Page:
Private Alexander Wilson Briggs


Alexander Wilson Briggs was born on 25 May 1899 at 52 Rutland Street, Belfast, the second of eight children of painter John Briggs and his wife Sarah Hill Purdon Briggs (née Wilson). At the time of the 1911 Census he was living at 51 Rutland Street with his mother and siblings. (His father was working in Omagh.)

Briggs enlisted in the 6th (Inniskilling) Dragoons Service Squadron between 2 and 14 August 1915 (No. UD/276). He must have overstated his age, as he was only 16 at the time.

This squadron had been created at Enniskillen at the beginning of the war to play the role of divisional cavalry to the 36th (Ulster) Division. Just before the Division embarked for France, its senior officers sourced a large number of their orderlies from the Inniskillings squadron – as many as thirty men. Private Briggs was one of these, embarking for France on 3 October 1915.

His true age was soon discovered, however, and he was returned to the UK. On 6 March (or 6 February) 1916 he was discharged, 'having made a mis-statement as to age on enlistment' (paragraph 392(vi), King's Regulations).

Undeterred, on 28 July 1916 Briggs re-enlisted in the North Irish Horse (No.2221 – later Corps of Hussars No.71716). He trained at the regiment's Antrim reserve camp before embarking for France sometime between 1916 and 1918, where he was posted to one of the squadrons of the 1st North Irish Horse Regiment. This regiment served as corps cavalry to VII, XIX, then V Corps from its establishment in May 1916 until February-March 1918, when it was dismounted and converted to a cyclist unit, serving as corps cyclists to V Corps until the end of the war.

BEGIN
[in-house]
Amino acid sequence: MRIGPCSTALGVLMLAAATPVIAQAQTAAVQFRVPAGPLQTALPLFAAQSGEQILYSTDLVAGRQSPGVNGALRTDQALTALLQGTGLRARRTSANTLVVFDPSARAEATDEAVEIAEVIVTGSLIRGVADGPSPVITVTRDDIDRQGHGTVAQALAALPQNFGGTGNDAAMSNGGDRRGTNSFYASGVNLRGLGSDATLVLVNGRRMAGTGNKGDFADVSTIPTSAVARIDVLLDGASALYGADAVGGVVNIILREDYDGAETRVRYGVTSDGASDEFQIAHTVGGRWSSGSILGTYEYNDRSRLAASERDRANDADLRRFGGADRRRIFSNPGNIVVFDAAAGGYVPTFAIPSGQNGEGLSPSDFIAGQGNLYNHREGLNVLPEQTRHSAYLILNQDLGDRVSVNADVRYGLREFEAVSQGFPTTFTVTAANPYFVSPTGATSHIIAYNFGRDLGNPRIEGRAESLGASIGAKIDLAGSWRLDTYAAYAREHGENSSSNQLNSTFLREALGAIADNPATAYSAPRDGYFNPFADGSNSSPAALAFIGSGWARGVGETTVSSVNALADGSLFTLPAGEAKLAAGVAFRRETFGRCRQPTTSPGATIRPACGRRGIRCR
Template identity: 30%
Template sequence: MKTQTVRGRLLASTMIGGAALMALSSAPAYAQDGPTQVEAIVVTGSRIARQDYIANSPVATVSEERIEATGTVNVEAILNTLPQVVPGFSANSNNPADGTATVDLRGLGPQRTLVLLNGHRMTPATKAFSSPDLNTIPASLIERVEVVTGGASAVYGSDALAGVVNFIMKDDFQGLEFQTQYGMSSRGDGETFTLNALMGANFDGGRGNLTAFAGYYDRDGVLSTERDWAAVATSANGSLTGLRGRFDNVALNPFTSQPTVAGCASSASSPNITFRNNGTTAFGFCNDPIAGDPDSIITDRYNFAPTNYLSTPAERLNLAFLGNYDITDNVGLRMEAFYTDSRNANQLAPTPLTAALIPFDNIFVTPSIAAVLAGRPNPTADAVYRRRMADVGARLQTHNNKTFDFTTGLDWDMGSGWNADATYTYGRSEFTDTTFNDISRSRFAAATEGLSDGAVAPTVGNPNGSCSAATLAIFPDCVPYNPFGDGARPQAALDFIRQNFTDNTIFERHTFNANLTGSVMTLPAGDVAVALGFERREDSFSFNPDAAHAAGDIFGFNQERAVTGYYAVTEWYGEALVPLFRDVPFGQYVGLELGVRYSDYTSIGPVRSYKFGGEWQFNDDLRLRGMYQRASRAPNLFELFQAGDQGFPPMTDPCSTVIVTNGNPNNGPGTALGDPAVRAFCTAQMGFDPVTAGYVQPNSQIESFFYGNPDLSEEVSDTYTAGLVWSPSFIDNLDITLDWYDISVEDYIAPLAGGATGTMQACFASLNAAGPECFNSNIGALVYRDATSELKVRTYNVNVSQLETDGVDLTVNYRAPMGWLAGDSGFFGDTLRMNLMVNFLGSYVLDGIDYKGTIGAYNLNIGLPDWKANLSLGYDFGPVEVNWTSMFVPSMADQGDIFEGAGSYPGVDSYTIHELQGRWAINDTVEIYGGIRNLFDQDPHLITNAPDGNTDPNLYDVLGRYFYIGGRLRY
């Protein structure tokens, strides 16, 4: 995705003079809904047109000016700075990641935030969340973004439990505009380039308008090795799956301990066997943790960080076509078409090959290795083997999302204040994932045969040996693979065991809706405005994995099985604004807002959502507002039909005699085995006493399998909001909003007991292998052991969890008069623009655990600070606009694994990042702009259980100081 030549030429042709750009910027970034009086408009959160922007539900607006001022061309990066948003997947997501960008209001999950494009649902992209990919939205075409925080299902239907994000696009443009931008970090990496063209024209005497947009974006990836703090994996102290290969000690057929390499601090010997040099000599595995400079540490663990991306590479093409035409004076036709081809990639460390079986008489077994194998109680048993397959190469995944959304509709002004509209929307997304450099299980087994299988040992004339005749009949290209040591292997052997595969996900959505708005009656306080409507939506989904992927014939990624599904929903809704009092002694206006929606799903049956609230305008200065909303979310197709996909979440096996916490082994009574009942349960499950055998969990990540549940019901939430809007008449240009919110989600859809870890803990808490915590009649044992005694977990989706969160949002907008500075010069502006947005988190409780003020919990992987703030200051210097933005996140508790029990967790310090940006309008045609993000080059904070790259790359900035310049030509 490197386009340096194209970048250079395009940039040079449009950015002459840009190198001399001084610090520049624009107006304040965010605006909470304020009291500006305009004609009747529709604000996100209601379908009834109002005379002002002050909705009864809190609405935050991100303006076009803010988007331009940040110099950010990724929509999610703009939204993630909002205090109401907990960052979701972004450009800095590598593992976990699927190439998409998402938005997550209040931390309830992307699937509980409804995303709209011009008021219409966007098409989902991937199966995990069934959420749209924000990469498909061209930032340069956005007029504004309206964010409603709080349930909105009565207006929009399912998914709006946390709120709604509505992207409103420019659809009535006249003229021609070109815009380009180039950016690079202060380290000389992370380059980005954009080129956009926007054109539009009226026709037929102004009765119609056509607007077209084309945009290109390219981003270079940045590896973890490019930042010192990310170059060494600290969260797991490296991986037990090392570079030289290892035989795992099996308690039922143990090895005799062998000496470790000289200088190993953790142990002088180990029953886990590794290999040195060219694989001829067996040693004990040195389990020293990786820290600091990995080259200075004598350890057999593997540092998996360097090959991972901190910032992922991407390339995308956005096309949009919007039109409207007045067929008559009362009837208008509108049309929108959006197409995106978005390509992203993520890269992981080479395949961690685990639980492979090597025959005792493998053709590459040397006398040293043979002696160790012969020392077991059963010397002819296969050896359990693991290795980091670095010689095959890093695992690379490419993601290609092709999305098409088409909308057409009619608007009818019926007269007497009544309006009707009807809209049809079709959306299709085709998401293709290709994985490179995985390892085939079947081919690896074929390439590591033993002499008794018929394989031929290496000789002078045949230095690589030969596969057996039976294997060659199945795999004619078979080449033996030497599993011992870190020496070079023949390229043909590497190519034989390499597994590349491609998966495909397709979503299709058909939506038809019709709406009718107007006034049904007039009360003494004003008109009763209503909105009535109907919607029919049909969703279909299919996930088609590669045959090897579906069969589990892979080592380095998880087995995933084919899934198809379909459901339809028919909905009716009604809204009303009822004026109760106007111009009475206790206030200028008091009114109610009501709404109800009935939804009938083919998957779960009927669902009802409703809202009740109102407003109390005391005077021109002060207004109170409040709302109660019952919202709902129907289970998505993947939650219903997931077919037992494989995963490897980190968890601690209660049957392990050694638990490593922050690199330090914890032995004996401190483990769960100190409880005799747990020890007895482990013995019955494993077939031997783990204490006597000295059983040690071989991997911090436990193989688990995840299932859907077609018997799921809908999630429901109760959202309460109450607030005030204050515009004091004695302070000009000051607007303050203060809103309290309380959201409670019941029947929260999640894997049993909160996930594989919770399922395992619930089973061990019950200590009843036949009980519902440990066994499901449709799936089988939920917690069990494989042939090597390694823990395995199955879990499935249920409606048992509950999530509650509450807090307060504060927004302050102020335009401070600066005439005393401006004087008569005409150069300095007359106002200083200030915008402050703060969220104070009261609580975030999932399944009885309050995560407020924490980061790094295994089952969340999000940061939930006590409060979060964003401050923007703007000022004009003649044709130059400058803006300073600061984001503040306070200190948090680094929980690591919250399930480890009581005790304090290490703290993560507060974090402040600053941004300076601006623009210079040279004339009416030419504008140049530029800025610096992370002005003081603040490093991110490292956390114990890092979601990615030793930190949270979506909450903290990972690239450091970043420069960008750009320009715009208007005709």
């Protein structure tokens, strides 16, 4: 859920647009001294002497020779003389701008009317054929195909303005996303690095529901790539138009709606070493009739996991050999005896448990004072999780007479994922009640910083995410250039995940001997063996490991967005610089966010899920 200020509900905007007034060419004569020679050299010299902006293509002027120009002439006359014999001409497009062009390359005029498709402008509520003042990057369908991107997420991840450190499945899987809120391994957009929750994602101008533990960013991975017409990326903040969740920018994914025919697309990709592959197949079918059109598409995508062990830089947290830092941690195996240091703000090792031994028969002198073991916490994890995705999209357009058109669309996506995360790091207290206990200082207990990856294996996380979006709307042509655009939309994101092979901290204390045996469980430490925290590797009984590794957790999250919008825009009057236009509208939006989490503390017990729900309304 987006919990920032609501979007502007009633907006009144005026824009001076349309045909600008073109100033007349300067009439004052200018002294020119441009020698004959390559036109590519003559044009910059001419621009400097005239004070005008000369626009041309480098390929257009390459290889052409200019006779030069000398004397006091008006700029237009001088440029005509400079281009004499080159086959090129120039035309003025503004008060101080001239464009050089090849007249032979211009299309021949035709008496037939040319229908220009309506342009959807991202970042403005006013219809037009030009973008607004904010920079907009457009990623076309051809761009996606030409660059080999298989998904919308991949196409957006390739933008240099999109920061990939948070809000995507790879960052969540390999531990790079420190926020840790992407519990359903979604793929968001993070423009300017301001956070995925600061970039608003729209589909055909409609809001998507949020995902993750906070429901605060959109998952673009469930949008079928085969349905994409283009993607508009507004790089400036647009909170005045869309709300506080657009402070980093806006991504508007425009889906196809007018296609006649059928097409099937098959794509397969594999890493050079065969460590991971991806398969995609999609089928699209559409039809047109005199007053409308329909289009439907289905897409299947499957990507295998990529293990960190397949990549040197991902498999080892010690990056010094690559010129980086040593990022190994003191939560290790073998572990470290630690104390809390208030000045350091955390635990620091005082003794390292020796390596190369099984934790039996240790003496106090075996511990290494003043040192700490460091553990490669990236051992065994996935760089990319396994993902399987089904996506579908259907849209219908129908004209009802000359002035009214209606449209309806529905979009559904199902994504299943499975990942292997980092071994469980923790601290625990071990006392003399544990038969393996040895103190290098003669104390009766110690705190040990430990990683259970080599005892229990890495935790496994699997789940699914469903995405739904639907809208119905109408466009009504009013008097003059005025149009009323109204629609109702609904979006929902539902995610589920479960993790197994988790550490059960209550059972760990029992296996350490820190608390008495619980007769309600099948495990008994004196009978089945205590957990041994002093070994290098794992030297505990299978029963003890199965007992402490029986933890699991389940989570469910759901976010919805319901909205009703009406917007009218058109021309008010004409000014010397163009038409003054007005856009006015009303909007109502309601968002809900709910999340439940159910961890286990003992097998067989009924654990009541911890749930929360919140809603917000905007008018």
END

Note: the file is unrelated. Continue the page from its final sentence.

Briggs remained with the regiment until 31 January 1919, when he re-enlisted in the Corps of Dragoons (Corps of Dragoons No.27986 – later Army No.390861). Posted to the 2nd Dragoon Guards (Queen's Bays), he served in France until 20 September 1919, then Egypt until 10 May 1920. He was discharged on 15 March 1921, being 'no longer physically fit for war service' (paragraph 392(xvi), King's Regulations). His military character was recorded as 'very good'.

He was awarded a pension due to a wound ('GSW') to his left leg, which had had to be amputated. In October 1922 his degree of disability was assessed at 60 per cent.


This page last updated 5 July 2023.